Have you ever been working with text in Excel, and wondered how that text would look in a different colour? Instead of black, maybe it would be better in red, or green, or blue. Did you know that Excel has a built-in command called Cycle Font Color?
I didn't know about Cycle Font Color, until I found it recently.
I'm building an Excel workbook that has macros, and a custom Ribbon tab, with buttons to run those macros.
One of the macros creates a list of 56 colours, so I looked for a built-in Excel command that has a colourful image.
Find a Button Image
There are tools and galleries that help you look for button images. For example, download and install this icons gallery from Microsoft:
After installing the gallery, open Excel and click the Developer tab. A new group appears at the right end of the tab, with 9 galleries.
Point to any icon, to see its name. You can use that name when setting up your custom Ribbon tab.
Built-in Button Image List
Instead of using one of the icons gallery add-ins, I used Excel's build-in button image list.
- Right-click a blank spot on the Excel Ribbon, and click Customize the Ribbon
- In the list of commands, point to any command, to see its information
- The image name is at the end, in brackets.
Not in the Ribbon
In the Customize the Ribbon window, the default list is Popular Commands.
To find something a bit different, I chose the list of "Commands Not in the Ribbon".
After scrolling down a bit, I spotted the type of colourful image that I wanted – Cycle Font Colors.
I jotted down its image name – FontColorCycle – to use in my custom Ribbon tab.
What Does It Do?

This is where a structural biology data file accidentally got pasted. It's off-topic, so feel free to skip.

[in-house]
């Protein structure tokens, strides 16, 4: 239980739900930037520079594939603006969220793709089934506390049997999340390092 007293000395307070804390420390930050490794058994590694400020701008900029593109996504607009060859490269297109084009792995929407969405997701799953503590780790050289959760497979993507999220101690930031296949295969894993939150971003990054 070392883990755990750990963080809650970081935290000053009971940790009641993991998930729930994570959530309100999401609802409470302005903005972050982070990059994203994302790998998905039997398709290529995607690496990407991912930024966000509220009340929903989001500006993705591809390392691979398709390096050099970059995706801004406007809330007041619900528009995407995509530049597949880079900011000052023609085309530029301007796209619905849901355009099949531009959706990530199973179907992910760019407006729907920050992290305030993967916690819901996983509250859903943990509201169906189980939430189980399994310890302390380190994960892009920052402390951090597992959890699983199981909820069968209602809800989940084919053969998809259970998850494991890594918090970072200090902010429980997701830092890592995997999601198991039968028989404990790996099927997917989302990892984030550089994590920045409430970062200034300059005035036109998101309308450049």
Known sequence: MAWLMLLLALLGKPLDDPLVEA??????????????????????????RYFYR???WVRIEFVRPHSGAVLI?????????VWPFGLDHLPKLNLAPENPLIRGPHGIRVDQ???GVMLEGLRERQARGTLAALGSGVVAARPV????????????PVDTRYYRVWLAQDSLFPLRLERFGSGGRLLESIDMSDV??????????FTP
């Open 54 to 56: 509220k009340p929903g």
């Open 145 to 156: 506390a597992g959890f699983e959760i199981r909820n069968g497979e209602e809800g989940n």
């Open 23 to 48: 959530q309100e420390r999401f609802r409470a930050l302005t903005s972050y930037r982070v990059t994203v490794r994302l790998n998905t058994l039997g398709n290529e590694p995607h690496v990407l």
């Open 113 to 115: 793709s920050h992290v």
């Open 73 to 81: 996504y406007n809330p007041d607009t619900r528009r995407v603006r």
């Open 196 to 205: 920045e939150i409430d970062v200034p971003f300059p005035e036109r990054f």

I didn't know what that command does, so I wanted to try it. The Cycle Font Colors command isn't on the Excel Ribbon, but you can add it to your Quick Access Toolbar, or to your Ribbon.
So, I made a new group on the Home tab, and added the command, to see what it does.
Test the Button
Each time you click on the Cycle Font Color button, it adds 1 to the Color Index number for the font colour in the active cell.
The count starts at the current Index number, and goes up to 56. Then, it starts at 1 again.
In the screen shot below, the text started as Black (color index 1). The first click changed the color index number to 2 (White), and the next click changed the font to Red.
To see the colours a little better, you could use the Wingdings font, with a lower case "n".
It's entertaining to use the Cycle Font Color button, but I can't think of any real-life uses for it. Can you think of anything?
Maybe Cycle Font Color was helpful in the old days, when we had to find our way into Tools | Options | Color, to adjust the settings. Clicking a button would be a lot quicker than that!
Excel Color Trivia
Also, did you know that Excel recognizes the first 8 colours by name too?
You can use those names in custom number formatting, to change the font colour based on conditions.
In this screen shot, the numbers >=50 are red, and anything less than 50 is green.
More Colour Info
For more colour resources, go to my Colours blog post from earlier this year.
You'll find a links to John Marshall's Color Lists Workbook, Jon Peltier's article on Excel colors, chart colour macros, and other colour references.